The majority of our sample (68%) uses Email Marketing apps to help them collect email addresses and send them email newsletters and other types of email marketing. The clear leader in usage of Email Marketing apps was Mailchimp (see graph below).
3. End of the funnel: Reviews
When a prospective client lands on a product page, she’s almost at the end of the customer journey. Top-performing stores use customer reviews to reassure customers and encourage them to take the final step: making a purchase.
Over 62% of the stores analyzed use applications to help them gather and manage customer reviews. The most used Reviews app in our sample is Shopify Reviews, followed by Yotpo.
High-converting stores prioritize investment in technologies that can help control the customer journey, especially via Retargeting, Email Marketing and Customer Reviews. According to BuiltWith, companies in our sample spend between $250 and $500 in technology services every month.
Our research found that the top-performing 150 ecommerce stores that use Compass have a lot of behaviors in common.
In our interviews, most of the stores’ managers and owners highlighted the importance of habitually analyzing data to improve customer experience. This means controlling the entire journey of the buyer, from strangers to customers.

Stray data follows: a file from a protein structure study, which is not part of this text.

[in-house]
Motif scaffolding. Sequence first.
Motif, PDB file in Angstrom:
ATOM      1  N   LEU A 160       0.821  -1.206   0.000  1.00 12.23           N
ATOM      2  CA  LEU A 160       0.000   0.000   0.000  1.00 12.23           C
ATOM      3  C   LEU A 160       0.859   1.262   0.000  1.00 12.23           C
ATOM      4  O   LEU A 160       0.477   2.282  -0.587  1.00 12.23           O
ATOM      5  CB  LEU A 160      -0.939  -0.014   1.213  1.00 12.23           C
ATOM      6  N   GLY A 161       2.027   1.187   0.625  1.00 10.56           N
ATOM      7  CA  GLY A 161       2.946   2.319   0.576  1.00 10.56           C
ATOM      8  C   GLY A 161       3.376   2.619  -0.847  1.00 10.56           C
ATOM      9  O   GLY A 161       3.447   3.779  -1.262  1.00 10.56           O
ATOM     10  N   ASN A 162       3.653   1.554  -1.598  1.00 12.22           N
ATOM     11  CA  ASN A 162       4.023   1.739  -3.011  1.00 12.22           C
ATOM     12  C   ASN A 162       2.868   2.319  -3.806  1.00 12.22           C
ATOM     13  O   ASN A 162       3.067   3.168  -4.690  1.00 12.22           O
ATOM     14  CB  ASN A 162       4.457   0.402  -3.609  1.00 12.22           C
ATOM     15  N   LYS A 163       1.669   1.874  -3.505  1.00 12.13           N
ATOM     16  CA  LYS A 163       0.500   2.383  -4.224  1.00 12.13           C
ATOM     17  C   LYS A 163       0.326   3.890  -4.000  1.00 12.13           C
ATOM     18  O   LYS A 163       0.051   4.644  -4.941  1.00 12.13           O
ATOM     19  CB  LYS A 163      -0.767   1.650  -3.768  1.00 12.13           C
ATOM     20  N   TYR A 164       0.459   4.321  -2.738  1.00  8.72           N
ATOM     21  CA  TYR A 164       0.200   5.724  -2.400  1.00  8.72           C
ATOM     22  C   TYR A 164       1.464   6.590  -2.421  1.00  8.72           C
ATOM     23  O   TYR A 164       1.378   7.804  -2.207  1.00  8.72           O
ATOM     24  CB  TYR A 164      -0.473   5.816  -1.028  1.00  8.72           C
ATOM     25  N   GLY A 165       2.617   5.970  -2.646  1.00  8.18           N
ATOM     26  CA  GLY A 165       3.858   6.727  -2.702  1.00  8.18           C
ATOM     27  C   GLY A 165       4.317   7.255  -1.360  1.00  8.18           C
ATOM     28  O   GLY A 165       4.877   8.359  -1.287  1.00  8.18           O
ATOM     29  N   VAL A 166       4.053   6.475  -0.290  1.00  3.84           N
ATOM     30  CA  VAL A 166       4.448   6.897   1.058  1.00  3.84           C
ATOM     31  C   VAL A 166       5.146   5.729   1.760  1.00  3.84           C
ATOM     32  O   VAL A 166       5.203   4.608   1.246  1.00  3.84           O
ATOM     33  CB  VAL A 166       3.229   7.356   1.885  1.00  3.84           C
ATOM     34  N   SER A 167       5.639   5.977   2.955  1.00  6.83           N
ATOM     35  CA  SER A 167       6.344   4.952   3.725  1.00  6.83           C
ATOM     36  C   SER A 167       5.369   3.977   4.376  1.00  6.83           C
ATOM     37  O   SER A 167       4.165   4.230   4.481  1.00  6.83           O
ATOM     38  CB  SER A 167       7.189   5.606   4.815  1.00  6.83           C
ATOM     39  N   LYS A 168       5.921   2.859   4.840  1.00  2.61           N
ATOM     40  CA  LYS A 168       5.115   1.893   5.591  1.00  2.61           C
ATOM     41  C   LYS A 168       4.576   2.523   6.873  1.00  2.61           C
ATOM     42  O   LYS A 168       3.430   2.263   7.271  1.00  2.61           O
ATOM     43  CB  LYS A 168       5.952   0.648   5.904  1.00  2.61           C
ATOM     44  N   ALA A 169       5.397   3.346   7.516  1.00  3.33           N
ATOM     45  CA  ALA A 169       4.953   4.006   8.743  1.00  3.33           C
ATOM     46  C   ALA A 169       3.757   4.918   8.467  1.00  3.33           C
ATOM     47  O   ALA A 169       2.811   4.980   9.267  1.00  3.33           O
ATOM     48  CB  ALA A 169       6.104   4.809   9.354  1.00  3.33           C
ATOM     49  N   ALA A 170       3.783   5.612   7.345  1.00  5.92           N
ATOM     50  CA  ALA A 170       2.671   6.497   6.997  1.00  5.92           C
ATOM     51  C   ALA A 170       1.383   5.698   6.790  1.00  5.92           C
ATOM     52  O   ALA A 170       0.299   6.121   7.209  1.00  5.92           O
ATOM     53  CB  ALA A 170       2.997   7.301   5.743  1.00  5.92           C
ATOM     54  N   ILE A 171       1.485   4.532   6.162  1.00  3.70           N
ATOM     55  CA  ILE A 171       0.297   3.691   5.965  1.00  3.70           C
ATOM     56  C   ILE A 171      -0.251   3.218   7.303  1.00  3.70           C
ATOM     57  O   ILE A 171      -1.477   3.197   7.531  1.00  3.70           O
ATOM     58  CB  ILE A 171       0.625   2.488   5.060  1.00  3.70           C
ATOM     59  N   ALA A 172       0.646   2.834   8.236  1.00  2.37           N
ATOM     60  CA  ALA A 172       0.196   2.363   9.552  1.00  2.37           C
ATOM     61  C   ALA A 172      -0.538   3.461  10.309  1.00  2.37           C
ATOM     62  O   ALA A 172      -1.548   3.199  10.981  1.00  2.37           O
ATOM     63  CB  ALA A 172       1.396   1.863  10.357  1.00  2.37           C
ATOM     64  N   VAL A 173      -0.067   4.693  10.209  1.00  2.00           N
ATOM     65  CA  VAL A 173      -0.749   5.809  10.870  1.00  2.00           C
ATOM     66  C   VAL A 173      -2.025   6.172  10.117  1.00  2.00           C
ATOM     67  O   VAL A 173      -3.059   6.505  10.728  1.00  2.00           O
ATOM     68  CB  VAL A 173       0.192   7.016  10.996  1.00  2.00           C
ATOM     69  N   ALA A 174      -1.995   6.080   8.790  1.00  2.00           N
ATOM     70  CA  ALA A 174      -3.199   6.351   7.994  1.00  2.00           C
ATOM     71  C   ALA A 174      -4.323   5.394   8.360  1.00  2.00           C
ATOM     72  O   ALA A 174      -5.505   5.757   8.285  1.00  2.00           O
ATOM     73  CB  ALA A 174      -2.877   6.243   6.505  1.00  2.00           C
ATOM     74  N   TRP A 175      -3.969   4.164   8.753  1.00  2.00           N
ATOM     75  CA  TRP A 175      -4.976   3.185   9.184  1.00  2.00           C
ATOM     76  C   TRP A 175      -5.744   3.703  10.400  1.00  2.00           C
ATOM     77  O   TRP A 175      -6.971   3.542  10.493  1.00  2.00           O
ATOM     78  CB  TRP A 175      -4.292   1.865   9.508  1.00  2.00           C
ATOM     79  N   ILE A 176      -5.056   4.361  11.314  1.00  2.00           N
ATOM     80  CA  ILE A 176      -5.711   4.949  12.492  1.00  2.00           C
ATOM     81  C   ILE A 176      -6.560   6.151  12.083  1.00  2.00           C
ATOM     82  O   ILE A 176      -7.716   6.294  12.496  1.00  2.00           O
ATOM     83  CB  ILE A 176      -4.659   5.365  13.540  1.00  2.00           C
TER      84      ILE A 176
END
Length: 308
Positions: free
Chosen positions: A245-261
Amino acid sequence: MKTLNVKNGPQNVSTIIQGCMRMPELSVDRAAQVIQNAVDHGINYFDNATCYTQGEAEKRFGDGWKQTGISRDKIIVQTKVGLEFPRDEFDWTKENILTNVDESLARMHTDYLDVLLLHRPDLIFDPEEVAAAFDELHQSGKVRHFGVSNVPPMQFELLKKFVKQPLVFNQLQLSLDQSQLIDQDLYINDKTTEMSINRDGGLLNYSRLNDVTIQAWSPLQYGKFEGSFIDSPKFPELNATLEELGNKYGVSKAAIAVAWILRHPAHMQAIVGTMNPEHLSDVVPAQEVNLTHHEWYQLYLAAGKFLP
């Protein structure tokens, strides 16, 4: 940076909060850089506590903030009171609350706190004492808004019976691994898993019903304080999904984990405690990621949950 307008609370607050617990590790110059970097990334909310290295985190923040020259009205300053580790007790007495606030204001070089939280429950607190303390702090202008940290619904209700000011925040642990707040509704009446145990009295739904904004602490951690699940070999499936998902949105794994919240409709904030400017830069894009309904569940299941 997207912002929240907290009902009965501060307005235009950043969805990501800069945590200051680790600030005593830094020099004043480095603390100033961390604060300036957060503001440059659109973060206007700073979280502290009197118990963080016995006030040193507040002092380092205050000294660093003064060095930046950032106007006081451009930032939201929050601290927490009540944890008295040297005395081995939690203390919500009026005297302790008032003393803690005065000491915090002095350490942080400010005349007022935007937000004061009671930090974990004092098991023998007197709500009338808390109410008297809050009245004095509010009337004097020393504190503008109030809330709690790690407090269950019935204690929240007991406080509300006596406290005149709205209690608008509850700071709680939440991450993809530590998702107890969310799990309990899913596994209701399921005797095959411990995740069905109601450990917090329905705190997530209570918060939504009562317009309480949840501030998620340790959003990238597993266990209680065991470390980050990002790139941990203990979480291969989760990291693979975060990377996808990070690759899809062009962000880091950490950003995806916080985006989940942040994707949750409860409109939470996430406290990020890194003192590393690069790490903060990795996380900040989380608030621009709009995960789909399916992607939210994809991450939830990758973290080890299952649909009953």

In researching Compass’ dataset we saw that even though many companies in our sample have large social media followings, the best results still tend to come from sources such as Organic Searches, Social Advertising and Search Engine Marketing.
Our survey demonstrated that our top 150 companies prioritize the the first interaction between a visitor and their stores, which translates into a high number of landing pages and low bounce rates.
Finally, most of our sample uses Retargeting, Email Marketing and Reviews to control the customer journey instead of leaving it to chance, giving visitors a final push towards becoming a customer.
To get a more comprehensive and personalized report on your store’s Conversion Rate, broken down by acquisition channels, sign up for Compass today. It’s free and it will give you a complete benchmark report built especially for your business in under three minutes.
About this research
Since Average Transaction Value (ATV) has a significant impact on conversions (see graph below), we chose to look into the top 30 stores in each of the five most commonly seen ATV brackets in our system, instead of the best performers overall. These were:
In our sample, 65% use Shopify as an ecommerce platform. Other common platforms were Magento (7%) and Woocommerce (3%). The vast majority of our sample (90%) has monthly revenues between $1,000 and $1,000,000, while 10% of the stores analyzed have monthly earnings of over $1,000,000.
We compared our findings with numbers from average ecommerce stores as well as with Amazon and Best Buy (data from Smart Insights) whenever possible to get a full picture about how their performance compares to the overall market. We also ran a survey with the managers and owners of these stores to understand how they think about Conversion Rate.
 All data about Amazon and Best Buy in this article is from Smart Insights (May 4th, 2017).